A police detective in Boulder has been reassigned to an officer’s position and four supervisors have been disciplined after an internal investigation of the department’s Investigations Unit determined officer misconduct.
Additionally, the department also has changed policy regarding investigators’ caseloads and how investigators are supervised.
Kwame Williams, formerly a detective and now reassigned as an officer, is also suspended for five days without pay, according to a Boulder news release.
As part of a review of the department’s case management system, requested by Police Chief Maris Herold, police officials “became aware of cases assigned to a particular detective that had not been investigated or investigated fully between 2019 and the present,” the release said.
In July, Herold brought the findings to the Professional Standards Unit and the Independent Police Monitor, with allegations of several different rule and policy violations made against Williams and four of his supervisors.
A subsequent internal Professional Standards Unit investigation found all five officers had committed the alleged violations.
In August, that investigation was sent to the Office of the Independent Police Monitor and the civilian Police Oversight Panel for review prior to a disciplinary determination, which was imposed by Herold on Nov. 1.
Commander Thomas Trujillo, who has worked on the JonBenét Ramsey case, received an involuntary transfer to another division and a three-day suspension without pay. He was placed on a Performance Improvement Plan. Boulder spokesperson Sarah Huntley declined to confirm to which department or assignment Trujillo was transferred.
Commander Barry Hartkopp was given a one-year letter of reprimand and is receiving additional training.
Sgt. David Spraggs retired by resignation. The chief accepted the resignation and ordered that the termination that had been recommended be held “in abeyance.”
Sgt. Brannon Winn was suspended for one day without pay.
Huntley said Trujillo, Hartkopp, Spraggs and Winn were Williams’ supervisors but did not further specify their roles. The city website describes Trujillo as the head of the investigations unit and Hartkopp as the commander of the professional standards unit.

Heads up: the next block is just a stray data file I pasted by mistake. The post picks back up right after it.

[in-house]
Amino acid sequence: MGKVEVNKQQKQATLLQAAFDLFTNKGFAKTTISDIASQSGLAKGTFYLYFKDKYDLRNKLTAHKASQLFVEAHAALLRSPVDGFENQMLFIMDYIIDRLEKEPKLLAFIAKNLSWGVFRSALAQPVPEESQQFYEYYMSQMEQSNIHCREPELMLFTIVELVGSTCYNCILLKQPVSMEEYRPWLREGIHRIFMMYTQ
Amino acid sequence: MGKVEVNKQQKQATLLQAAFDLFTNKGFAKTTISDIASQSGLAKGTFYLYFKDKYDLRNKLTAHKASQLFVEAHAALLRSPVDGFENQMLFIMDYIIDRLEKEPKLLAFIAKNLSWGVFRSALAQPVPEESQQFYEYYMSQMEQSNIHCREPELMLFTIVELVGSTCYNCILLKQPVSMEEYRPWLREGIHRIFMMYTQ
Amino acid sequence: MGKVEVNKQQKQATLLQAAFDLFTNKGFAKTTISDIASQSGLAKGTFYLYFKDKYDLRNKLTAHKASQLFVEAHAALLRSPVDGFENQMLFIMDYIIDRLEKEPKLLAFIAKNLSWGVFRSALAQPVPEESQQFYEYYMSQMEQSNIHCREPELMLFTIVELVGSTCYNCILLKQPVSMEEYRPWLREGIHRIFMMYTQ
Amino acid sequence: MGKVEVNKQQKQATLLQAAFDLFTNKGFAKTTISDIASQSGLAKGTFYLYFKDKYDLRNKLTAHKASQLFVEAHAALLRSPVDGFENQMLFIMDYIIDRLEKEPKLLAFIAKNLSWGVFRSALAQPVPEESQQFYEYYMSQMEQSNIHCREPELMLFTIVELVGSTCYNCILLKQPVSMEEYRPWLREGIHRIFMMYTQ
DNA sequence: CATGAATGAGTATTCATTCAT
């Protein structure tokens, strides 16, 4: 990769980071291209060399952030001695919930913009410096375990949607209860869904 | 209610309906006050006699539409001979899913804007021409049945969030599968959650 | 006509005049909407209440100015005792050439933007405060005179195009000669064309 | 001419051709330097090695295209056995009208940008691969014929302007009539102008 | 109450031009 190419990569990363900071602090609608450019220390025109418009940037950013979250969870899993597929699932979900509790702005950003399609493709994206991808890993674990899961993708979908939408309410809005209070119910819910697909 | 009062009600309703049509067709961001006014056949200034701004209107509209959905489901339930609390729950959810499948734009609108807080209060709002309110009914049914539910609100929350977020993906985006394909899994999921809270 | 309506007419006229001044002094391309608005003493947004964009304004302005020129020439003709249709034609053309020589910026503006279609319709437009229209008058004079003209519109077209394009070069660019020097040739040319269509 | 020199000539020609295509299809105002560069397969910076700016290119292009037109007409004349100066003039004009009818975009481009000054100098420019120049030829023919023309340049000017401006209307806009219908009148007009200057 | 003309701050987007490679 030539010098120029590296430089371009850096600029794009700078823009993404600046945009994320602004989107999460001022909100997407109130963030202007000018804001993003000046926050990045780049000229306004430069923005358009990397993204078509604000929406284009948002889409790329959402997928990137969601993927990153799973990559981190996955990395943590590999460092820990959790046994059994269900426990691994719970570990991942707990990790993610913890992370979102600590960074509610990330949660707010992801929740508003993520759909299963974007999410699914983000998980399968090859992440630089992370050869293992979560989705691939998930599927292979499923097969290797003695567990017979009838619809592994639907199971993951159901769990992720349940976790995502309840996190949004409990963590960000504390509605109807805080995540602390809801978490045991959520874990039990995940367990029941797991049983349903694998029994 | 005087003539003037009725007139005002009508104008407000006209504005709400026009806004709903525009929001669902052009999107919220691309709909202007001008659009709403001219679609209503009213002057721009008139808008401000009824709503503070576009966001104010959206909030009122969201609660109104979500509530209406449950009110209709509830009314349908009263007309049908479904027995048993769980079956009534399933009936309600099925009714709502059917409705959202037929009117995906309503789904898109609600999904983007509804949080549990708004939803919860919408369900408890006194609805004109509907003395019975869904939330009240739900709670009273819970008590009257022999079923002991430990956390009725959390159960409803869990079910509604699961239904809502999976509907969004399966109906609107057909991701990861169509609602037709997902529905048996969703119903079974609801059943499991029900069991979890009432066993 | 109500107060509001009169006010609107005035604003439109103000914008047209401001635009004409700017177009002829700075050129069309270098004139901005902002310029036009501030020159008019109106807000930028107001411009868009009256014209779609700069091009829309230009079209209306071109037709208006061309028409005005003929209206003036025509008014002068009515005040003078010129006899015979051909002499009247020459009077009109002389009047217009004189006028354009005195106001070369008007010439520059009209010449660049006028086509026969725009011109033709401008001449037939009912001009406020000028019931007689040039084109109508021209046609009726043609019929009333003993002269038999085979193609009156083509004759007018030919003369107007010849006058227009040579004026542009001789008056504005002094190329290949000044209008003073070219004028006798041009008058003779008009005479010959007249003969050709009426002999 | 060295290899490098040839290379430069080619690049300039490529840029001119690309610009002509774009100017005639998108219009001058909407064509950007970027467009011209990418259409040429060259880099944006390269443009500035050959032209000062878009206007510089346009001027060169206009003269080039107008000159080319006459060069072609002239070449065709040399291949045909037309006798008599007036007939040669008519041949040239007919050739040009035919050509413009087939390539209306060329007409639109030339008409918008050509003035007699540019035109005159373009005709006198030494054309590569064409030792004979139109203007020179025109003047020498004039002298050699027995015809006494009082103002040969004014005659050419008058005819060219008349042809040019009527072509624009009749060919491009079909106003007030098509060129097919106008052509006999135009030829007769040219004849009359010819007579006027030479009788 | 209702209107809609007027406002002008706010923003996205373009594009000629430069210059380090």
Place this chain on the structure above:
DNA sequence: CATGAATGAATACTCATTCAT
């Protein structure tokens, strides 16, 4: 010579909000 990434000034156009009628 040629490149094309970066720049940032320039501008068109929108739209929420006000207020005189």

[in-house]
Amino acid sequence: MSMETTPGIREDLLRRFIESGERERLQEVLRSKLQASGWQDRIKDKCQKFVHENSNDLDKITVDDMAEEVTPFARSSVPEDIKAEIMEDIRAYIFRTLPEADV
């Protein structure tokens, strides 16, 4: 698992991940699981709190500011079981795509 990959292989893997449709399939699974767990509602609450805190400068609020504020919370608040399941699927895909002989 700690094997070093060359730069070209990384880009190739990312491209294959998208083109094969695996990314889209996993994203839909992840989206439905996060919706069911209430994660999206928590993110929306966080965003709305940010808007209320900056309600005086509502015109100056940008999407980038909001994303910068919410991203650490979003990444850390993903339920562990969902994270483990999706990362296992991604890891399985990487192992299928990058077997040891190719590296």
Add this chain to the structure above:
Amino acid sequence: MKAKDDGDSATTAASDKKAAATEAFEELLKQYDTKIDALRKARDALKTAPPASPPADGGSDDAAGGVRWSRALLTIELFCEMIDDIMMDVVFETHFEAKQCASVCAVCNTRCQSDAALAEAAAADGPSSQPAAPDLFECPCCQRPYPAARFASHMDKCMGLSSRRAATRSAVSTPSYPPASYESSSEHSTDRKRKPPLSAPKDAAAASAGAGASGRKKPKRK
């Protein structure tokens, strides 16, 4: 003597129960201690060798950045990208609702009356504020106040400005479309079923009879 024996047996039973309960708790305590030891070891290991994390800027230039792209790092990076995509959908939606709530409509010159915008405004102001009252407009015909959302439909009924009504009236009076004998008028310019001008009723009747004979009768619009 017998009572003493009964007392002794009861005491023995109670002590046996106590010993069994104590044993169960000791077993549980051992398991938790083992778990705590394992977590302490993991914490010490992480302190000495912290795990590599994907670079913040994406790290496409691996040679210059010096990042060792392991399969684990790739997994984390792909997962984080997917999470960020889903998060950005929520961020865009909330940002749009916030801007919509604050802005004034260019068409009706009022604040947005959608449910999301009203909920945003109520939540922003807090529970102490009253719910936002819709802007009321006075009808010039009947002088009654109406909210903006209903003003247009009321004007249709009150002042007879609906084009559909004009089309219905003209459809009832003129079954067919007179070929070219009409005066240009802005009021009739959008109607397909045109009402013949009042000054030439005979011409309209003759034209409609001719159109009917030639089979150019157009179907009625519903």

“I regret that this happened and consider it a serious situation,” Herold said in the release. “We had an employee who apparently became overwhelmed. He has since been reassigned from the Investigations Unit.”
The department has taken additional steps in the aftermath of the investigation, including rewriting “its investigations’ case management policy to provide for workload standards, including limiting the number of cases any one detective may handle, ensuring a regular review of open cases by supervisors, and imposing time limits for investigations,” according to the release.
“Our department understands the tremendous responsibility it has to investigate reported crimes diligently and in a timely manner. This is a sacred trust our community has placed in us,” Herold said. “We take this responsibility seriously.”
The Boulder County District Attorney’s Office is conducting an independent audit of the cases. The release did not state how many cases Williams was supposed to be handling.
“The District Attorney’s Office regards this as a serious matter and will conduct an independent audit of the cases in question,” Shannon Carbone, a DA’s office spokesperson, wrote in an email. “These cases had been assigned to a particular detective and had not been investigated or investigated to completion. Once the independent audit is completed, the case numbers and our findings will be shared with the media and our community.”
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